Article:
5 Steps to Ensure Company’s Transition to Remote Is a Win-Win

With workplace adjustments continuing even as the pandemic abates in some places, it is clear the trend towards remote workplaces is here to stay.

Professional reference checking firm Allison & Taylor indicates a 67 percent of job seekers with prior remote working experience, prefer the opportunity to continue remote employment. Corporations similarly have recognized an increasing number of employees – particularly millennials and contract workers in the gig economy – have come to value this option and that it is a tool to better attract/retain employees.

Benefits to reducing brick and mortar expenses, such as the reduction or elimination of utility bills, are also an attraction to many employers. Such factors will ensure that remote workplace activity will only increase going forward.

However, many corporate managers fear employee misuse of such freedom. Many are placing an increasing importance on reference checks as a tool to determine which employees are best suited to thrive in the remote workplace. Here are some employer steps to ensure creating a remote workplace environment for employees is a positive, beneficial step for your company:

1.       Identify clear expectations from remote employees – Key elements of this communication include the hours to be worked, amount of work to be completed each day, task prioritization, guidelines for the amount/timing of communications with management, etc.

2.       Ensure remote employees have the proper tools – This includes corporate laptops and the like as well as ensuring employees can log in and input data via corporate portals that will assist management in tracking employee progress, performance, needs, etc. Doing so will reduce the need for managers to use valuable time in personally tracking and evaluating such data.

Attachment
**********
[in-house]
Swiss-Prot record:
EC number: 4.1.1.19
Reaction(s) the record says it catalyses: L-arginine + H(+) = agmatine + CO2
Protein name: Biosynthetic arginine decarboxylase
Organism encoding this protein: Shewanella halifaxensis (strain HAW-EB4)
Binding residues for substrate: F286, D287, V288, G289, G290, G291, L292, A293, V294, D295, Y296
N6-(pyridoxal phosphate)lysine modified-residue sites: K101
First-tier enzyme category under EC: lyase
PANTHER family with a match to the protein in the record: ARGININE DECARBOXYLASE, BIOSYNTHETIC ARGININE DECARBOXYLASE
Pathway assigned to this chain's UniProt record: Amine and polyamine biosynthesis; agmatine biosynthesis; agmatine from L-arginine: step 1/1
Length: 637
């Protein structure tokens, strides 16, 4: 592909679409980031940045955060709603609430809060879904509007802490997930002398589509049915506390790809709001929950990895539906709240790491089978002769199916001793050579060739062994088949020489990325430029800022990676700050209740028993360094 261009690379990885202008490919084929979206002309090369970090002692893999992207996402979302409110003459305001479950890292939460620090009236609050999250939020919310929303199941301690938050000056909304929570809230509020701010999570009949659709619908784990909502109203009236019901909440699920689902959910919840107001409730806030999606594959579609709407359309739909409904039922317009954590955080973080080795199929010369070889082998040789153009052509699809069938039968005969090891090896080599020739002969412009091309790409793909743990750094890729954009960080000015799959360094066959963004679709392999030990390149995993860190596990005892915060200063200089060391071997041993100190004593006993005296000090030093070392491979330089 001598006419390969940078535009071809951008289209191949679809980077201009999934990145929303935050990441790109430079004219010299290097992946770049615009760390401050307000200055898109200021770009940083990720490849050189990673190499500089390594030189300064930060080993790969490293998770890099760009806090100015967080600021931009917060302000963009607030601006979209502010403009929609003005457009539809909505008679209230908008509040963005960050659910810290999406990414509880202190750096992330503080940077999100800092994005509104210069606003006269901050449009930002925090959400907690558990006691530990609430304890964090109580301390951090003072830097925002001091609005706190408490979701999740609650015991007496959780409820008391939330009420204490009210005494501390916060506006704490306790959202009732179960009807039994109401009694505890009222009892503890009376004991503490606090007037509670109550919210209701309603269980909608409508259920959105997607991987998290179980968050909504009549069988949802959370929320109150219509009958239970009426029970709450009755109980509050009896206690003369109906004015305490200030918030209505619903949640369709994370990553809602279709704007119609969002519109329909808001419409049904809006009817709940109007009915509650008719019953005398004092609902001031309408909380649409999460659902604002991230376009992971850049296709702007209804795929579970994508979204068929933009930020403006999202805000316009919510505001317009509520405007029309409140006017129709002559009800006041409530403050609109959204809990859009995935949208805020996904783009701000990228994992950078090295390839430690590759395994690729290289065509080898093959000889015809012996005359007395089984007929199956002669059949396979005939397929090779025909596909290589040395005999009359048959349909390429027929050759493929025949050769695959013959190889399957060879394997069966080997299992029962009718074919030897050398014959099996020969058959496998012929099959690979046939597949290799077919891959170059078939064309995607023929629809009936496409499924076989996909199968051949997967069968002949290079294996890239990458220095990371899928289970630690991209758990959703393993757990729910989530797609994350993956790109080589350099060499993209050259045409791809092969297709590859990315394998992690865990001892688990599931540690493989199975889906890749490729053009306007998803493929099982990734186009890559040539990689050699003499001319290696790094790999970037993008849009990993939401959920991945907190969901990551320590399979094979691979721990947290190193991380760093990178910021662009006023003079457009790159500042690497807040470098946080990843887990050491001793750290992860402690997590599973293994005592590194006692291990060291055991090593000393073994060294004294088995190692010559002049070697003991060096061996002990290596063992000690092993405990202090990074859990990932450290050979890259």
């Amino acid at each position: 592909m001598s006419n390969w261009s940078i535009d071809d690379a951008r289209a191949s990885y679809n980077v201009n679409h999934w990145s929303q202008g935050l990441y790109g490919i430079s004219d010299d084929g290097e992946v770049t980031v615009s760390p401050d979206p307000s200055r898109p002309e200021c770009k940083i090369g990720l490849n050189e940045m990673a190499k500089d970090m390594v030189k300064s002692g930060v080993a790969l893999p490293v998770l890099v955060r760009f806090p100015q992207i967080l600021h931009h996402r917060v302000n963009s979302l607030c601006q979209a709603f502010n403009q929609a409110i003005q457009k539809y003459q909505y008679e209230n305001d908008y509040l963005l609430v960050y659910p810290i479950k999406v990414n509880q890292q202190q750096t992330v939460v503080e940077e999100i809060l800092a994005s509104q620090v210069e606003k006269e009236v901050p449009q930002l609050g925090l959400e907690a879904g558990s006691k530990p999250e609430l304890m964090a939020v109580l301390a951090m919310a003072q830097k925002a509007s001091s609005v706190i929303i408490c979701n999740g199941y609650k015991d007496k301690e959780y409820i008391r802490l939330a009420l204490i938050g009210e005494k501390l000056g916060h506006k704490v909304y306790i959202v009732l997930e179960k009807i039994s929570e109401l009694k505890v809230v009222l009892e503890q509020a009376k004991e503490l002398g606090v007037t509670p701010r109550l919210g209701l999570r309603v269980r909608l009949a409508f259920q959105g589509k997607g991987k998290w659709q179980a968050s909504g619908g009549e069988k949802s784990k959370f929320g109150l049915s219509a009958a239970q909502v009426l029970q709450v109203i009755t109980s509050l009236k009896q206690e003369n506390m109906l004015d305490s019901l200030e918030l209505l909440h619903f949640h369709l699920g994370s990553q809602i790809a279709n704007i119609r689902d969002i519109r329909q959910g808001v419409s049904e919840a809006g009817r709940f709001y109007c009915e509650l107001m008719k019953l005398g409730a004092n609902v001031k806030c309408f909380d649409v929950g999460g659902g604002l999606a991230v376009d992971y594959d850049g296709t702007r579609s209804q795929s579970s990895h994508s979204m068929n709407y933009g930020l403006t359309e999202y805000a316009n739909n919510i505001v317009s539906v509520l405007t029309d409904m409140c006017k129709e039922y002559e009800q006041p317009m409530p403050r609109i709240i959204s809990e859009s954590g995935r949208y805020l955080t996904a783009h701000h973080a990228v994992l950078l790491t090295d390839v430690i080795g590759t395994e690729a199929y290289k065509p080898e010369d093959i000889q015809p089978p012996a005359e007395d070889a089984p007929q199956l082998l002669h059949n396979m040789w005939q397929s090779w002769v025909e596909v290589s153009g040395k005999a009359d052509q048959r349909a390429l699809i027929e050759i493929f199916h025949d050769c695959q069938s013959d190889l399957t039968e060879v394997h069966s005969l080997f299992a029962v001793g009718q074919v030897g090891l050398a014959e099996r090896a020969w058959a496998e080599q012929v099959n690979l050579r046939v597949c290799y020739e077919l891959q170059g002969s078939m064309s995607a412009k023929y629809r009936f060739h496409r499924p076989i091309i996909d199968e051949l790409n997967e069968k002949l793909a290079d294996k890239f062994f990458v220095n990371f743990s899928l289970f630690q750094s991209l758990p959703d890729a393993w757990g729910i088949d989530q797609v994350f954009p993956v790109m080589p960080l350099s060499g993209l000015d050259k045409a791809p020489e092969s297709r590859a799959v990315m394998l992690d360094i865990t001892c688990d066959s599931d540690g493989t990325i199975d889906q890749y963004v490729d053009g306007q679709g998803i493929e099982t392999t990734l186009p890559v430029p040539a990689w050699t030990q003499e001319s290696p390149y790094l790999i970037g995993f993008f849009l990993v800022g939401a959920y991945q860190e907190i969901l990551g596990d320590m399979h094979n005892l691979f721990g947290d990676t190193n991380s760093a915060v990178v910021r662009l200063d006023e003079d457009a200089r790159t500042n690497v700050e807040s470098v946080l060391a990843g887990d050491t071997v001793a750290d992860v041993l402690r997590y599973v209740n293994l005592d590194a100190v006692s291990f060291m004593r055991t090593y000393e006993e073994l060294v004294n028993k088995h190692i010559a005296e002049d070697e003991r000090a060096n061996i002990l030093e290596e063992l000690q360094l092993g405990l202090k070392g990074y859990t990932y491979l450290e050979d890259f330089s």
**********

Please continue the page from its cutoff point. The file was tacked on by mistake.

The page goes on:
3.       Regularly monitor employee progress (and needs) – Employers must follow up on employee progress to ensure corporate objectives and expectations are met, and also to ensure the company is there to offer assistance to any employee who, for whatever reason, is struggling with the remote proposition.

4.       Interact regularly with remote employees – All employees need some degree of support and morale enhancement from their management and key associates. This bolsters productivity and acknowledges that remote employees have not been forgotten, or their contributions overlooked for performance evaluation or promotion consideration.

5.       Place trust and faith in remote employees – Virtually every employee wants recognition as being an important asset to the company. While some may intentionally or inadvertently misuse remote working privileges, most will not – especially if given the proper guidance recommended above. Managers need to avoid the extremes of micromanagement and inadvertently placing too little emphasis on mutual communication with their employees.

Properly managed, the remote workplace will benefit employers and employees alike. Follow the above mentioned steps to ensure it is an asset on your organization’s behalf.